United States Enables Online Form to Report Fraud Immigrants
United States authorities have launched a new online service to provide information about migrants who have committed fraud in the country.
Through a web form, users can provide details of this type to the US Citizenship and Immigration Services. USA (USCIS) , so that agency investigators can trace potential fraud crimes or abuse of immigration benefits.
“Safeguarding the integrity of our system (…) is the highest priority for the Trump administration and is central to the agency’s mission,” said Joseph Edlow, deputy chief policy officer of the USCIS, in a statement .
The information requested in the form is for relevant fraud, in addition, it allows identifying the type of benefit in question and provides spaces for the user to describe the alleged fraud or abuse in additional detail.
USCIS informs that it will work on suggestions previously sent by email for the termination of the service. In turn, he explains that it will make it possible to detect national security and public security threats, and maximize law enforcement and intelligence community partnerships.
In 2018, more than 2,500 naturalized immigrants in the United States were reported to be at risk of losing US citizenship due to possible fraud situations during the process, after being investigated by the USCIS.
A year later, the authorities had announced the “Public Charge Rule” , aimed primarily at immigrants in a regular situation who used public funds.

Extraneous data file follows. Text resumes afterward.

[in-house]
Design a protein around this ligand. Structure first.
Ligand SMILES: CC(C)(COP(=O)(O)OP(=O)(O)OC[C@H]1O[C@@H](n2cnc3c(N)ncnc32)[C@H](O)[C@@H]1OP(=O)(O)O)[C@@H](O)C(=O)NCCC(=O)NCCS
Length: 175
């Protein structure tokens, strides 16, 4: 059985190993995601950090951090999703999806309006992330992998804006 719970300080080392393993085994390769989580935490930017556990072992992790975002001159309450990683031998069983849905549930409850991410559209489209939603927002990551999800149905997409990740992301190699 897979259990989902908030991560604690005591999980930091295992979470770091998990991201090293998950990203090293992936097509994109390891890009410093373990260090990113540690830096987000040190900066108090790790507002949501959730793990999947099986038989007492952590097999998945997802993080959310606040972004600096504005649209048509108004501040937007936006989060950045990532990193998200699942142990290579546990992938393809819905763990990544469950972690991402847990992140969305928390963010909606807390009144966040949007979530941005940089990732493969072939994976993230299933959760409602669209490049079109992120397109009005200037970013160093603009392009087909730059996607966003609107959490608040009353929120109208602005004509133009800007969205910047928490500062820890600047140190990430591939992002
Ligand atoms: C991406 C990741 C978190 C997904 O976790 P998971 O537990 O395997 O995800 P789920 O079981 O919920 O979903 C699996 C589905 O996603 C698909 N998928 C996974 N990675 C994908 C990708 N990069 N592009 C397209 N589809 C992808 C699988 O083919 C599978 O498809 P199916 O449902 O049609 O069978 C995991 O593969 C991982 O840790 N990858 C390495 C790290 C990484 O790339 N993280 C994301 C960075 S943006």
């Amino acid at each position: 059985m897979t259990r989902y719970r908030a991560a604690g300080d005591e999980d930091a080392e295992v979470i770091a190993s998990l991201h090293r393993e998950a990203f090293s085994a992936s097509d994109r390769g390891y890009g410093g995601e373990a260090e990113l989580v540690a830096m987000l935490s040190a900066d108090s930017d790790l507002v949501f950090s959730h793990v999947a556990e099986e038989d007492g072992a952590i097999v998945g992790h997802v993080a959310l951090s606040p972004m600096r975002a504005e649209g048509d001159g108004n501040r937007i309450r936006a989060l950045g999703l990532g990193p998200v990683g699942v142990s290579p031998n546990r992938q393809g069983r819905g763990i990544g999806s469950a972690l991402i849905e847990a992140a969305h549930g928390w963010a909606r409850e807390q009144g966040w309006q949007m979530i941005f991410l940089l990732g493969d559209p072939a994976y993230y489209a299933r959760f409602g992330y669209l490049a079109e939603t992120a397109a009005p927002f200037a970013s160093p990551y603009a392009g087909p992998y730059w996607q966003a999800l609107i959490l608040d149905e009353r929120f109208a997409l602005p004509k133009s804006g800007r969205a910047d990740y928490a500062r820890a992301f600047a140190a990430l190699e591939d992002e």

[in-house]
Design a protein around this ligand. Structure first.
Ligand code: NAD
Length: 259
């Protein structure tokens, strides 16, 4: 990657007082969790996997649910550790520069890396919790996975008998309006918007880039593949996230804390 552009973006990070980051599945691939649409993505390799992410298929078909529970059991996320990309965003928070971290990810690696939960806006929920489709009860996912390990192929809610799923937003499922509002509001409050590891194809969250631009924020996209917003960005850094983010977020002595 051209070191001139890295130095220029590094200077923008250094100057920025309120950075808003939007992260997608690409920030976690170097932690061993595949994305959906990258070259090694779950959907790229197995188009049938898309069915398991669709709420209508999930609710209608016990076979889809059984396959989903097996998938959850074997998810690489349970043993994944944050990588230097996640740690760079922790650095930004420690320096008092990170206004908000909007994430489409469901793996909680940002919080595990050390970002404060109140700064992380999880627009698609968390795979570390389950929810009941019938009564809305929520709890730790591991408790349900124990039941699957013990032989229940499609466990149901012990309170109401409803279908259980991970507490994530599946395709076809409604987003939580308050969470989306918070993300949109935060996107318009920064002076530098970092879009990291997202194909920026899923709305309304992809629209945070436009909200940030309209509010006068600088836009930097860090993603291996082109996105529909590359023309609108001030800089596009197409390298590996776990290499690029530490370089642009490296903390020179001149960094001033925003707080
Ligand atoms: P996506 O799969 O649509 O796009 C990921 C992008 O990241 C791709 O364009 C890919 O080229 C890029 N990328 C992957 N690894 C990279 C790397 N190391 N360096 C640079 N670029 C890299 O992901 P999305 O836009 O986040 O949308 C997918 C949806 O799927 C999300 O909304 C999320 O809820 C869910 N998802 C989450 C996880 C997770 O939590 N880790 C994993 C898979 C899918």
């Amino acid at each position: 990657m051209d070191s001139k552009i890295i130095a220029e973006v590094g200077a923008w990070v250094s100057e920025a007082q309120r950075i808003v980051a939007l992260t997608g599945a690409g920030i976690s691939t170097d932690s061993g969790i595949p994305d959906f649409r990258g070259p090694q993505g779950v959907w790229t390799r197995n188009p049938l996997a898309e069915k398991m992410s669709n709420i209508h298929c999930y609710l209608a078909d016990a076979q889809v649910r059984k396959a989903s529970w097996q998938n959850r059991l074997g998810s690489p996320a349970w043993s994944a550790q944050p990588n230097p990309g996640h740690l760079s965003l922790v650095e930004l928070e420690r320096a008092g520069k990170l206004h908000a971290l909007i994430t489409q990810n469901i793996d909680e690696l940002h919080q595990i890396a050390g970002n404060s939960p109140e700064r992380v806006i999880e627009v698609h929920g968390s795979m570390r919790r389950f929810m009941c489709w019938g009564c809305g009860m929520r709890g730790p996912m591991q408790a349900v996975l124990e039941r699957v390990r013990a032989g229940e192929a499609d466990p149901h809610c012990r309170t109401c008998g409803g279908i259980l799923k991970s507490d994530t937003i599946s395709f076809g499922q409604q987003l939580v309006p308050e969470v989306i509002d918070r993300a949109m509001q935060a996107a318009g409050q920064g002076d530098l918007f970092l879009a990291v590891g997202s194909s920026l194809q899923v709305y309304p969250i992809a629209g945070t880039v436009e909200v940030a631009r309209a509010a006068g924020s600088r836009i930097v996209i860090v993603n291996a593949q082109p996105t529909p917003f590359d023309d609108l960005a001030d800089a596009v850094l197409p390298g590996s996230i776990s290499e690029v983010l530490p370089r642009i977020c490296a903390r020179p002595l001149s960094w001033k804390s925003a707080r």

The new regulations were based on the Immigration Act of 1882, which allowed the United States government to deny a visa to anyone who was likely to become a liability to the public coffers.
In late 2019, the USCIS issued an update on the “moral requirements” that could prevent a foreigner , from those days, from obtaining the documents that prove him as a US citizen.
More recently, other federal regulations alerted Cubans who have repatriated to the island after obtaining permanent legal residence (LPR) in the United States, since an absence from the United States for more than 6 months would bring serious complications for naturalization. of applicants.
For USCIS purposes, the permanent resident card (green card) is valid to be readmitted in the United States if the cardholder has not been abroad for more than one year. Otherwise, you would need to obtain a re-entry permit in the country.
A total of 36,471 Cubans residing in the United States have requested to repatriate to the archipelago . Some of them are Social Security beneficiaries and choose to maintain the LPR so as not to lose the monthly income that their economic solvency allows them on the island.
Under current Cuban immigration legislation, those born there lose their citizenship after 24 continuous months of permanence in foreign lands, something that has been claimed from the regime on several occasions by some sectors within the exile community.